Second, the ECB approved on July 21 its Transmission Protection Instrument (TPI), a permanent tool that is unlimited in scope and unbound to the capital key. The TPI will in principle allow the ECB to purchase bonds of member states if it deems, at its own discretion, that yields and/or spreads reflect unwarranted, disorderly market dynamics that pose a serious threat to the ECB’s ability to transmit monetary policy across the euro area. Bonds with a maturity of 1-10 years may be purchased. The conditions for its activation relate to the compliance with the EU fiscal frameworka, an absence of severe macro-economic imbalancesb, fiscal sustainabilityc, and compliance with the reform commitments submitted in the recovery and resilience plans. Scope expects that these conditions will increase the significance of the assessments and recommendations of the European Commission and the Eurogroup, giving Italian policymakers a strong incentive to ensure Italian bonds remain eligible under the TPI and thus reinforcing incentives to preserve the reform agenda and gradual fiscal consolidation beyond this year’s election3.

      While the ECB’s criteria currently justify buying Italian bonds under the TPI, Italy still needs to fulfil 55 policy actions this year to comply with its National Recovery and Resilience Plan4. In addition, negotiations around EU fiscal rules, which are suspended and yet to be reformed, will determine whether Italy can comply with the rules once reinstated. Nonetheless, the TPI’s preventive nature – contrary to the corrective elements of the Outright Monetary Transactions programme – and the political incentives it provides reinforces Scope’s assessment of the institutional support Italy receives from the EU. This critically supports Scope’s BBB+/Stable rating assessment.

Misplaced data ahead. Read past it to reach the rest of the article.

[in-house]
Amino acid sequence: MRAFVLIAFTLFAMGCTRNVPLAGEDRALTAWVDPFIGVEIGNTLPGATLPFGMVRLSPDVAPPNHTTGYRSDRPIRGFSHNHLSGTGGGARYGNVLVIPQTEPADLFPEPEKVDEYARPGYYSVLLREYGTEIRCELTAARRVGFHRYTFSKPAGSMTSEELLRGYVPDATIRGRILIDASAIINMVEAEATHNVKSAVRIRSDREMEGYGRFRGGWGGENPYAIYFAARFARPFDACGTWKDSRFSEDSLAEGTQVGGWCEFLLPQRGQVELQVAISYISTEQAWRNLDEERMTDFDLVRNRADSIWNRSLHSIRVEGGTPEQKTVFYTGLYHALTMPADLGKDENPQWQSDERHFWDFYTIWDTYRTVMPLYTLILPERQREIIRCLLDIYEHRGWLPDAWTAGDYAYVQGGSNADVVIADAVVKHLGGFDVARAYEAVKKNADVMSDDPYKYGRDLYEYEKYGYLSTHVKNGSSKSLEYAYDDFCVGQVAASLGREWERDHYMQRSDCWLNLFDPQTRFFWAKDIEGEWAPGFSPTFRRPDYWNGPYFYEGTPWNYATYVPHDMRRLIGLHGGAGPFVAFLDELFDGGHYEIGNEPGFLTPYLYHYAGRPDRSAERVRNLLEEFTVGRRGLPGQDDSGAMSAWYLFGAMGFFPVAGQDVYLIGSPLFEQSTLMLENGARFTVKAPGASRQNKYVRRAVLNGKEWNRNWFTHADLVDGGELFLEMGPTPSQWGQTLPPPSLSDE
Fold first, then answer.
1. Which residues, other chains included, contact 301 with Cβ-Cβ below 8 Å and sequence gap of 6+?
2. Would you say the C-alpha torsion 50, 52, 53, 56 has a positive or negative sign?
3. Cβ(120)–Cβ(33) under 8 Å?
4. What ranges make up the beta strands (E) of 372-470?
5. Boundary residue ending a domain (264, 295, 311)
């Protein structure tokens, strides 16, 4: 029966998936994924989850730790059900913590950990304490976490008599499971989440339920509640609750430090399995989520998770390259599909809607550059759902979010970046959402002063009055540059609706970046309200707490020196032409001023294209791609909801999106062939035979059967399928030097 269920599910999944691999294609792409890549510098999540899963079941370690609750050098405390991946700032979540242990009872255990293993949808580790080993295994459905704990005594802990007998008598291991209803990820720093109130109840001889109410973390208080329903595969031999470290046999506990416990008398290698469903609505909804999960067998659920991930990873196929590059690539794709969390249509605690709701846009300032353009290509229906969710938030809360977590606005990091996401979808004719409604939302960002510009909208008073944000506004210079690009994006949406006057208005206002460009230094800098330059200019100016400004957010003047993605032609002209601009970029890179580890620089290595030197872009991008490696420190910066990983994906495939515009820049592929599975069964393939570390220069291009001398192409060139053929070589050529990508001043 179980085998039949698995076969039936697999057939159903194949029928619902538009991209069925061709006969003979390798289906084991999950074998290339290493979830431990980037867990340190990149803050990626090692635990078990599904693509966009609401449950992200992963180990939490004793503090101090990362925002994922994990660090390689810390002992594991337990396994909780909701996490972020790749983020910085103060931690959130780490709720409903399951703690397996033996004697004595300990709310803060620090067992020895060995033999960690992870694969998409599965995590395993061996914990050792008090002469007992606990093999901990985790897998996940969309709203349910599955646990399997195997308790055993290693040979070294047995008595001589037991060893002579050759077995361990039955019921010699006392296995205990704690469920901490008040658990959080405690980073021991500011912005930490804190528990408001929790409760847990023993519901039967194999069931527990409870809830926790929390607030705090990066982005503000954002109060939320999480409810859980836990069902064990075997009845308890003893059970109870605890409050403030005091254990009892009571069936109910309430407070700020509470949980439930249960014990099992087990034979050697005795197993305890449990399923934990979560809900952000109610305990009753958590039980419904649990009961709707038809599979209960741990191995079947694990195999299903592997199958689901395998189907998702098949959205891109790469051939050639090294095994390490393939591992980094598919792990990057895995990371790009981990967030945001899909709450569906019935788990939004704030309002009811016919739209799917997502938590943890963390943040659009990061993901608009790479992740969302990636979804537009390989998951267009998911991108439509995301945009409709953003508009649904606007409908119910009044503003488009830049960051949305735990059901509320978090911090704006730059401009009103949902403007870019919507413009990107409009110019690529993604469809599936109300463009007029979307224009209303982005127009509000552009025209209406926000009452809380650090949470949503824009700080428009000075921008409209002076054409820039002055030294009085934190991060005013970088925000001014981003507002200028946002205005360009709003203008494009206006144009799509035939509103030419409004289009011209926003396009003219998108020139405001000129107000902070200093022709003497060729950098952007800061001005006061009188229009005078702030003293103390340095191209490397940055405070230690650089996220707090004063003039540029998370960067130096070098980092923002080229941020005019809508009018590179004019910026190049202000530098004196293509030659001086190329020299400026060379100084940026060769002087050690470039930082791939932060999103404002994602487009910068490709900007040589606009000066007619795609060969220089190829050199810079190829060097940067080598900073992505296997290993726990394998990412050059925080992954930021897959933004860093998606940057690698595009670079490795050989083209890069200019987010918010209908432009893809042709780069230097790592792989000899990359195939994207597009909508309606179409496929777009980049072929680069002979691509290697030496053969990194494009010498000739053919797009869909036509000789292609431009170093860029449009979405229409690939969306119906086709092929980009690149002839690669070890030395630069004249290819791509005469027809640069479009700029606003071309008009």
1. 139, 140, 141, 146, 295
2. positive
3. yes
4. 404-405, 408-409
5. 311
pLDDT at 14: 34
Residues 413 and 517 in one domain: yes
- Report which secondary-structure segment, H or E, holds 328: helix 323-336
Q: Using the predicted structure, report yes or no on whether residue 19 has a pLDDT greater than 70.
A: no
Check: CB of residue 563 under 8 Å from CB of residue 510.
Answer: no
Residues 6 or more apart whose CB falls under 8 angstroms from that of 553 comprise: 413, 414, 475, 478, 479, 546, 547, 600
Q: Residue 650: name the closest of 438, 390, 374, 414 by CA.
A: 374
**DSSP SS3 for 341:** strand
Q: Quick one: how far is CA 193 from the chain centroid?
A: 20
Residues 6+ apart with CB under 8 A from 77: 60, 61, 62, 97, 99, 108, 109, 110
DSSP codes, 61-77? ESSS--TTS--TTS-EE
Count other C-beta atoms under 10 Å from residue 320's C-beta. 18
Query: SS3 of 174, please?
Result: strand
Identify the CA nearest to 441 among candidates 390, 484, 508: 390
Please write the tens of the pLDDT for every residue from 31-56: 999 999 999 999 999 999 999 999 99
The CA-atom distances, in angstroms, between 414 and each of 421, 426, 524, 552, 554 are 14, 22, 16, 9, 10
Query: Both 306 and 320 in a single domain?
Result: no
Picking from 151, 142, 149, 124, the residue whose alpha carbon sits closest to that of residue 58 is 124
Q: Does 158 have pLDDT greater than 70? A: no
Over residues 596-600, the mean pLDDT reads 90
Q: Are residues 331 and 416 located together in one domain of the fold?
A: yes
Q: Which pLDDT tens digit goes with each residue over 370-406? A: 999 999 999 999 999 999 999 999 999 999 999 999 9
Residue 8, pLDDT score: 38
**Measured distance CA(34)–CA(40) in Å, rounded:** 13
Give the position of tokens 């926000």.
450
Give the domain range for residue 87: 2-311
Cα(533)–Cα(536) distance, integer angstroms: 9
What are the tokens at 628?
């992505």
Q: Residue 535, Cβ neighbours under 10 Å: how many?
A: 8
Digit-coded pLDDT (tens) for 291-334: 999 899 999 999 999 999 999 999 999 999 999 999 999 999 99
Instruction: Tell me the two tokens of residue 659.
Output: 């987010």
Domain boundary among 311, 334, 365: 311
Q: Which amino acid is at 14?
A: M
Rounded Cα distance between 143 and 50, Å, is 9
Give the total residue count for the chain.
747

Moreover, European institutional support has been reinforced by the Next Generation EU (NGEU) recovery fund. Italy is the largest beneficiary of the programme in absolute terms, set to receive up to EUR 191.5bn (about 10% of average 2021-26 GDP), including EUR 68.9bn in grants under the Recovery and Resilience Facility, supplemented by EUR 13.9bn in React-EU initiative grants5.

      Italy’s National Recovery and Resilience Plan comprises 132 investment programmes and 58 reforms. It revolves around three objectives: digitalisation and innovation, ecological transition, and social inclusion. Reform priorities include the public administration, the judiciary, competition and public procurement, education and research, and active labour market policies. So far, Italy has achieved targets according to plan, receiving tranches of EUR 21bn in April, following EUR 24.9bn in pre-financing in 2021, with another EUR 19bn expected in coming months, subject to the adoption of 55 agreed targets. The economic impact will depend on the timing and effectiveness of both the investments and the reforms. The government expects a 3.6pp aggregate boost to GDP by 2026, which assumes public investment is highly efficient. This compares with the Fiscal Council’s estimate of 2.3pp that assumes ‘average’ efficiency and 1.4pp in case of ‘low’ efficiency. The European Commission estimates an impact of 1.5-2.5pp. While the final impact is uncertain, complicated by implementation risks due in part to strained value chains and rising production prices, higher public investment and productivity-enhancing reforms support Scope’s BBB+/Stable rating6.